Tuesday, January 26

The story of Vision Development Foundation: The redoubtable NGO making a difference in the lives of ordinary Gambians

Pinterest LinkedIn Tumblr +

The Vision Development Foundation (VDF) was officially incorporated as a charitable organisation in 2006 and later transformed into a non-governmental organisation in The Gambia. However, it has been operating informally for many years before. It has its main offices at the former NTC Complex in Banjul with a very active regional office in Churchill’s Town and branches in Senegal including the Casamance.

Momodou Turo Darboe is the founder, CEO and chief financier of the foundation. The foundation has a secretariat and a board of directors.

VDF public relations officer Saikou Fofana expounded on what the foundation stands for and what it does: “VDF focuses on key developmental areas of society like education, health, the environment and provision of social services. As you know, VDF is led by our chairman, prominent Gambian businessman and philanthropist, Momodou Turo Darboe and it is registered with the Association of Non-Governmental Organisations in The Gambia (Tango). The services and support we provide are diverse. We provide support services in education, health and social care, support to farmers, entrepreneurial development, provision of safe and clean drinking water, urban regeneration, humanitarian and relief services and we invest in the development and welfare of the youths and women.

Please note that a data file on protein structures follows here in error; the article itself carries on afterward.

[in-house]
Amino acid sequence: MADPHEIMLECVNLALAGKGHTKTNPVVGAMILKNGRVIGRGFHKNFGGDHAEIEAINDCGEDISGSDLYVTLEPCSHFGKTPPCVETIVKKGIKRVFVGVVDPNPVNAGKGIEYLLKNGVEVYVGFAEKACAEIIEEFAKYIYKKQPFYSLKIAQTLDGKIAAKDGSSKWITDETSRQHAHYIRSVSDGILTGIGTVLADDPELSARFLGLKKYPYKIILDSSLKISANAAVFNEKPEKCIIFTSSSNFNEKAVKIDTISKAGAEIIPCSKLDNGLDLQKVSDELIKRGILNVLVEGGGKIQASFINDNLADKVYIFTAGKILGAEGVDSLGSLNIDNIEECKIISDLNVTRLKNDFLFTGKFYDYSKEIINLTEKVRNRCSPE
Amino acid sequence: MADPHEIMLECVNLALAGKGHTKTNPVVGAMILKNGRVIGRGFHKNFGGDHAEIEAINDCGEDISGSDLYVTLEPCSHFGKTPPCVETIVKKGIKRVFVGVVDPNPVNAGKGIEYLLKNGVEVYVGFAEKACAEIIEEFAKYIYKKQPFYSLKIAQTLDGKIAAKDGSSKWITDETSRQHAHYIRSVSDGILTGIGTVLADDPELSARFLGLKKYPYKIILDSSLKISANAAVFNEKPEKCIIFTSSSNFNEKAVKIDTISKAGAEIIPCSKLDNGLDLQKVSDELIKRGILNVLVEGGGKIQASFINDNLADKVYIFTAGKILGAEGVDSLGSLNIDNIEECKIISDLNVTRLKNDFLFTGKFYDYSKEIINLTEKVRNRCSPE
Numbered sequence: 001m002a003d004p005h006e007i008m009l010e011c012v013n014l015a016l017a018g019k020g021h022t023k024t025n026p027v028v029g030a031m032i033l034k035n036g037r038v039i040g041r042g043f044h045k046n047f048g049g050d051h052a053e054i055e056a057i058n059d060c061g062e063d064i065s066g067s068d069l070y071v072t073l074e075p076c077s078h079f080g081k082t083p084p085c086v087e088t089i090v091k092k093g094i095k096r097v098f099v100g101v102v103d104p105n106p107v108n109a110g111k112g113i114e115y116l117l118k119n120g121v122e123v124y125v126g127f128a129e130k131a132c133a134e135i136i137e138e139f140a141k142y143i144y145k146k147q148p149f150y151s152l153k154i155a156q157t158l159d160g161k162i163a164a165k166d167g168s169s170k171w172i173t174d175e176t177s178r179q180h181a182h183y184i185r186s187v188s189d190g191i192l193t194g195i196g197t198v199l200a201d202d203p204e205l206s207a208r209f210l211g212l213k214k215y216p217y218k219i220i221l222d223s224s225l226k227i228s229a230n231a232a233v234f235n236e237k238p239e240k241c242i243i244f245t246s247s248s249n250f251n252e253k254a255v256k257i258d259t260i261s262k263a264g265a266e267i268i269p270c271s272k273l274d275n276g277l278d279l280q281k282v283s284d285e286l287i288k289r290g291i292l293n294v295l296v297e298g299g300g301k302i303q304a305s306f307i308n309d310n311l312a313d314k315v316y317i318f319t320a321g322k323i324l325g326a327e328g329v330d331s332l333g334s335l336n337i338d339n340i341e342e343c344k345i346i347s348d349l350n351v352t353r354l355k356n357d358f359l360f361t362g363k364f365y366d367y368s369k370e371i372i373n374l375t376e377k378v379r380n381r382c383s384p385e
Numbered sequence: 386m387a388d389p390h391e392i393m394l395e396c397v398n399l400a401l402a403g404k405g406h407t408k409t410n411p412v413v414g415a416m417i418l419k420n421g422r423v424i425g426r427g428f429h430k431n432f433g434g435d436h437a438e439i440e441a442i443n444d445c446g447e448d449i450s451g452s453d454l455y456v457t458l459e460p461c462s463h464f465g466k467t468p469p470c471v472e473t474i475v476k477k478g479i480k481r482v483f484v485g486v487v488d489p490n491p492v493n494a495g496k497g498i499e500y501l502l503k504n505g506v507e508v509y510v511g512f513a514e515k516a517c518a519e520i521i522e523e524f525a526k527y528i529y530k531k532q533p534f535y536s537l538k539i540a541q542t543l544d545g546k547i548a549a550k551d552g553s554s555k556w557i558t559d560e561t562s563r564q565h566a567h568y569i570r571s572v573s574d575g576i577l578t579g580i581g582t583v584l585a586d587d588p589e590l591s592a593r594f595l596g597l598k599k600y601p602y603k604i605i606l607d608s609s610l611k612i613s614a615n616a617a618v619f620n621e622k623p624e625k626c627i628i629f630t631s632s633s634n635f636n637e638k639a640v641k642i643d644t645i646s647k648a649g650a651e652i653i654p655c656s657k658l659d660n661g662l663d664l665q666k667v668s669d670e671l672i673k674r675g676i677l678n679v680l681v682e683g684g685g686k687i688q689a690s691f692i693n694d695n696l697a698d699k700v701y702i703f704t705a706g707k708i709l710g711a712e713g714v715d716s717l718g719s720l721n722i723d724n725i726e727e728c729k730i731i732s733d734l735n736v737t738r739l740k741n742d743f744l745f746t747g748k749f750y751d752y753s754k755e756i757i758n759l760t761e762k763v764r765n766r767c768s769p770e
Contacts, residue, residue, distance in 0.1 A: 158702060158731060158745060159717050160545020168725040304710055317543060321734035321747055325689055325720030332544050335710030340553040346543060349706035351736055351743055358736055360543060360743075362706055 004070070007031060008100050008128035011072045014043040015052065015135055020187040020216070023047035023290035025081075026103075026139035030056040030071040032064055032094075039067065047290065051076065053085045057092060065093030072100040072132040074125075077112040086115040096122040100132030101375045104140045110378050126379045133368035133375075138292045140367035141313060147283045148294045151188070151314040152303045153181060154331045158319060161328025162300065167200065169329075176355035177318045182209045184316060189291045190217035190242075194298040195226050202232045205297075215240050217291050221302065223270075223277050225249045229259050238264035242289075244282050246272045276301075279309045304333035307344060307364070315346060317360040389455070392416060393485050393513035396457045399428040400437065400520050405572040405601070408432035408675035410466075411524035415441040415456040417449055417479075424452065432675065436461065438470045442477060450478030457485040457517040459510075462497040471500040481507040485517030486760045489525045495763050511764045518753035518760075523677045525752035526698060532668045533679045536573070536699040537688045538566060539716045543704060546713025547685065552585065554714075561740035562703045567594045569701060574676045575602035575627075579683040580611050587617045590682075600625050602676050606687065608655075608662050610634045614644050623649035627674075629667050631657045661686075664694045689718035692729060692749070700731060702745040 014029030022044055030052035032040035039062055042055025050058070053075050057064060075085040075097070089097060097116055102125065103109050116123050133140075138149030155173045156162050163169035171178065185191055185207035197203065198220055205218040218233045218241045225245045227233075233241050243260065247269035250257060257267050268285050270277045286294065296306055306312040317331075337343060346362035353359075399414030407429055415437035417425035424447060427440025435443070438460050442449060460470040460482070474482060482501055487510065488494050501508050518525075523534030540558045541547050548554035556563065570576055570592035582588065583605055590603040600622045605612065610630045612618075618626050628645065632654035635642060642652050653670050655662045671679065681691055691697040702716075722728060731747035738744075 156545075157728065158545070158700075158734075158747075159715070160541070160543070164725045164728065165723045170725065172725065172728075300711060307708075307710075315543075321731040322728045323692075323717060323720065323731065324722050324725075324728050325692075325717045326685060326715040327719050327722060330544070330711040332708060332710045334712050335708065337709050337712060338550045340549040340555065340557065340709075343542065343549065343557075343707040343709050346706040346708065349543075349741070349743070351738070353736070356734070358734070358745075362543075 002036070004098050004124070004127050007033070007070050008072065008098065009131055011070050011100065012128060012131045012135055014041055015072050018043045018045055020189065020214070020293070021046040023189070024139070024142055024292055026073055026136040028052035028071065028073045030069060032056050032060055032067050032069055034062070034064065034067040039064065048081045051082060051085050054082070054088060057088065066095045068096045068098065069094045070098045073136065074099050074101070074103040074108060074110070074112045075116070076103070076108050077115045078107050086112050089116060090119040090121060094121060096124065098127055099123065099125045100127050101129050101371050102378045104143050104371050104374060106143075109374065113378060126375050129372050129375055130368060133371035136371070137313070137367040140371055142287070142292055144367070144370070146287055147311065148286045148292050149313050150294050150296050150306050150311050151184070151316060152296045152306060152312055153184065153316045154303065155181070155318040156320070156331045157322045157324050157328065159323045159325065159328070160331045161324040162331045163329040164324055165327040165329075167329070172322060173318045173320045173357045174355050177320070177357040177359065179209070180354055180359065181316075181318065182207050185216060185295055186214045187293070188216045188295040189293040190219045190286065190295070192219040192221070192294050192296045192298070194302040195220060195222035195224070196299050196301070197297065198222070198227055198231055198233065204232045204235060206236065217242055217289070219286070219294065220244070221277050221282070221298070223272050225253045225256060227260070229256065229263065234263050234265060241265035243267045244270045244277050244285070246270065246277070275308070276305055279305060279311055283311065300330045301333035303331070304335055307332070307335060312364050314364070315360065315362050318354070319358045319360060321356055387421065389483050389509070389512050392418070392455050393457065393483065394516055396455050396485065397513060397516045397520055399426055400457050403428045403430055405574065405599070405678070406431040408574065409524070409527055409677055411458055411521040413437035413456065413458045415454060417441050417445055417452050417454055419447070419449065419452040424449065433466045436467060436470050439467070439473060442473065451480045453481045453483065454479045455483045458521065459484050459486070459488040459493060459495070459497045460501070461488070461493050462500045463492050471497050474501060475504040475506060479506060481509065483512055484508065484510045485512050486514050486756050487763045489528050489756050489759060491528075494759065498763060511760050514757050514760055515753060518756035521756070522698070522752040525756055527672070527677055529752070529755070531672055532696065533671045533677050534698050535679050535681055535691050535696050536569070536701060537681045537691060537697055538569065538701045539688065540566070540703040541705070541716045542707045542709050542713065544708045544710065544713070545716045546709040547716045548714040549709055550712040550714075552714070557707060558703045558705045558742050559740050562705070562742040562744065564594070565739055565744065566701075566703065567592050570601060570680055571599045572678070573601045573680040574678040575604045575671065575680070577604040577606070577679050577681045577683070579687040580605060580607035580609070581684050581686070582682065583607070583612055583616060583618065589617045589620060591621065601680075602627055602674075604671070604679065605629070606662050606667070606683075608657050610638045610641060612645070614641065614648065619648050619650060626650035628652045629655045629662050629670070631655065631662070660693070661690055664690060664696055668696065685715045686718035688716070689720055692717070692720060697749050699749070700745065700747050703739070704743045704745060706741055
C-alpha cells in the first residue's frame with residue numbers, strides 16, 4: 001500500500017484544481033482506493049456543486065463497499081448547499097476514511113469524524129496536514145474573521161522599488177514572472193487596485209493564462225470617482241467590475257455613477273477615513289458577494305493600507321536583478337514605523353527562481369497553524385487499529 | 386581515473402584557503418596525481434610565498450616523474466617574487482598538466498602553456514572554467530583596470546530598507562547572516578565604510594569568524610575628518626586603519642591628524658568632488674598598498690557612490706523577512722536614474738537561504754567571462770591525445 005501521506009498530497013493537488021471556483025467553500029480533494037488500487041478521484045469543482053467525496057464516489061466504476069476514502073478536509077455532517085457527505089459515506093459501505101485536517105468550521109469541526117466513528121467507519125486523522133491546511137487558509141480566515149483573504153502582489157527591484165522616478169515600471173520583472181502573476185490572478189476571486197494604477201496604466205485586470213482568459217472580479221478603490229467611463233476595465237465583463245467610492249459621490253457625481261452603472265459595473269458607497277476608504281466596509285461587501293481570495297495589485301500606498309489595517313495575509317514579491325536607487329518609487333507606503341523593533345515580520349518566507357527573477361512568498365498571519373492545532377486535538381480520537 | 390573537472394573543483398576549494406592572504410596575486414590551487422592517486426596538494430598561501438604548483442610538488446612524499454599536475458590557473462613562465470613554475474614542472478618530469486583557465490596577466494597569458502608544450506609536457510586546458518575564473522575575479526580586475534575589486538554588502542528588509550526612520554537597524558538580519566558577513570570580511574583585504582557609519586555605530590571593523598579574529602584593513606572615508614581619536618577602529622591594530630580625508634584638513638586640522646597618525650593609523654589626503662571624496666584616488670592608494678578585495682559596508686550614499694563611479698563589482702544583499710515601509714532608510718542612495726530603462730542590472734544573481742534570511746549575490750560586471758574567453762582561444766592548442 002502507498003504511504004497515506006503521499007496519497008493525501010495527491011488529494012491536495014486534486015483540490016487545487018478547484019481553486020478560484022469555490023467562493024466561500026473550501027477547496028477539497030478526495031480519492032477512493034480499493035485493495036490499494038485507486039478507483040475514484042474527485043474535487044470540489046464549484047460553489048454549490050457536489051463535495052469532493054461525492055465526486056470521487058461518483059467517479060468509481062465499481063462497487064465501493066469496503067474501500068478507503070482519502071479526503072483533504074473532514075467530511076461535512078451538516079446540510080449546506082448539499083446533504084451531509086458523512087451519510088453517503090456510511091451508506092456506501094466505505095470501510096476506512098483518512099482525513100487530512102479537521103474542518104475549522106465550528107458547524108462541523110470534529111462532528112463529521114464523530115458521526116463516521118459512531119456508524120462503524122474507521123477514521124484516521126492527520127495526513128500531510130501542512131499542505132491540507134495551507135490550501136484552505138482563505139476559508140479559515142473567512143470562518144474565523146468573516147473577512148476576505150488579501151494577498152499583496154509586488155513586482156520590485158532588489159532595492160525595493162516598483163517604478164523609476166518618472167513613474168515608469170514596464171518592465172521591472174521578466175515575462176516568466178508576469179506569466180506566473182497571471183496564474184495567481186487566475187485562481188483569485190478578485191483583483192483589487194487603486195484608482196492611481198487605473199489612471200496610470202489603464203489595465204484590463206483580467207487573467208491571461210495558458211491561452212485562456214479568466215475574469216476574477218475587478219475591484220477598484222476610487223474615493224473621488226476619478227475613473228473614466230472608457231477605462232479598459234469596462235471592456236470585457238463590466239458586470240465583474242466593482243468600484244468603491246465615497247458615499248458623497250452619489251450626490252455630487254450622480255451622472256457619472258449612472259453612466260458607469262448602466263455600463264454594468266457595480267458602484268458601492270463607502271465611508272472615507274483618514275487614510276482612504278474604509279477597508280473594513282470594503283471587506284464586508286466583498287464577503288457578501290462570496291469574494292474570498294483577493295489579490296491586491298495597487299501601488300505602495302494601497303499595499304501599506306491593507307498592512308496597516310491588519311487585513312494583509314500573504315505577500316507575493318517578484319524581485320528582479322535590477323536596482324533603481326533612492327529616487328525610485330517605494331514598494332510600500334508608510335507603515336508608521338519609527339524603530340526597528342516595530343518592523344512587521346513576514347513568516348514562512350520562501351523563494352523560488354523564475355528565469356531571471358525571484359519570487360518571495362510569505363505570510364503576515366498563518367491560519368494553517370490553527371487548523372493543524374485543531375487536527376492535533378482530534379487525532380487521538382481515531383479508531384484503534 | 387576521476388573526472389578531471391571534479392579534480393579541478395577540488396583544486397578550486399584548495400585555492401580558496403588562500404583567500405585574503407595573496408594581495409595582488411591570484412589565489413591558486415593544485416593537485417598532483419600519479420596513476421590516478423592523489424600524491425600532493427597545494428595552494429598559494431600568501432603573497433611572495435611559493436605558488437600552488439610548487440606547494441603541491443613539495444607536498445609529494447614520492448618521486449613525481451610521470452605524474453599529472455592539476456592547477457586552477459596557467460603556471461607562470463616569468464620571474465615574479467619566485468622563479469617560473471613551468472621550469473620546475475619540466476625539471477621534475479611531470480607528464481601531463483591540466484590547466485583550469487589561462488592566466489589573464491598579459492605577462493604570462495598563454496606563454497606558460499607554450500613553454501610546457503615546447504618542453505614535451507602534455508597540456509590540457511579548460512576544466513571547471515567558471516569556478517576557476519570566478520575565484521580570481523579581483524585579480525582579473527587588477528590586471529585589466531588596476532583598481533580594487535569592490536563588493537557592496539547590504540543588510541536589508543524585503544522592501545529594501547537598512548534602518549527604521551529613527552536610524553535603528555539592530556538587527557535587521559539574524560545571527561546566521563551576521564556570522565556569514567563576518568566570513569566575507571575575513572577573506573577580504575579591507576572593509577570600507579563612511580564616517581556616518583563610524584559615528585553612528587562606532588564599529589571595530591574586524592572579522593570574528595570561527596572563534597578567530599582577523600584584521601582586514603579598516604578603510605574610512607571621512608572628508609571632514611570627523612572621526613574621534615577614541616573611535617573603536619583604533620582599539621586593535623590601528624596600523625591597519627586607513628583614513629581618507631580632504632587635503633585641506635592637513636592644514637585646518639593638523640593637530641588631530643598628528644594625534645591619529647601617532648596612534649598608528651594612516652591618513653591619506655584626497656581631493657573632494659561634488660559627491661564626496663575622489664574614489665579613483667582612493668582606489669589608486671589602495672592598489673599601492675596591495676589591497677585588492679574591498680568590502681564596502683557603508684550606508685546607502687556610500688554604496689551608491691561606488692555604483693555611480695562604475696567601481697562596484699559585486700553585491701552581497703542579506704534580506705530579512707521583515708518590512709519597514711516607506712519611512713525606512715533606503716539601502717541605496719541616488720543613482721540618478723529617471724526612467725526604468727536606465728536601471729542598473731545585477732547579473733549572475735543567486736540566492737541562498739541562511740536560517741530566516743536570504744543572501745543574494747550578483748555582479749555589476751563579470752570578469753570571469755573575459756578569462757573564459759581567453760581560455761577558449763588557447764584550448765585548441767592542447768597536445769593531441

“Over the years, the foundation has provided farm inputs and implements to thousands of farmers, most of them women. Life for rural women isn’t easy. Women don’t have the same rights as men and often have to juggle domestic duties and agricultural work – sowing, weeding and harvesting crops, but also making food for their families and collecting firewood and water.”

Mr Fofana who juxtaposes his work at VDF with running a training institute said his organisation has worked with 1,350 women kafolu; given 15 milling machines to communities from Barajally to Badumeh Kuta; dug 13 boreholes for villages from Foni Gifanga to Kiang Keneba and provided power tillers and starting capital for others. “We have also reconstructed key access roads in about 13 areas in the Kanifing municipality and West Coast Region including Tallinding, Bundung, Faji Kunda, Tabokoto, Ebo Town and Latri Kunda Sabiji,” he enumerated.

Security

“Our founder puts a high premium on security. He believes that in the absence of security and peace, nothing meaningful can be achieved and that is why we work with all security organisations. It was along the same line that in July this year he presented a modern traffic control car to the Mobile Traffic division of the Gambia Police Force. The car is fitted with different alarms and sirens used for VIP escorting, emergency missions and transporting traffic offenders to police stations. The vehicle was accompanied by a D1,000 monthly fuel voucher for the next six months and another six months warranty maintenance cost, all funded by the VDF.”

Non-discrimination

“Our founder always emphasised to us that we should not be discriminatory in our work. That is why for example we gave out 3,500 bags of sugar and 300 bags of rice to all the political parties in the country in May of this year. It was refreshing to see members of different parties under one umbrella having conversation, sharing laughs, and respectfully interacting amongst each other. This demonstrated the one Gambia we all knew and cherished. VDF aid activities are guided by the four humanitarian principles: humanity, neutrality, impartiality and independence. These principles govern the way our humanitarian response is carried out. We see no religion, political or ethnic affiliation whenever we extend a helping hand. Our humanitarian aid service extends to the provision of material or logistical assistance to humanitarian agencies and government institutions typically in response to humanitarian crises including natural disasters and man-made ones,” Mr Fofana told The Standard.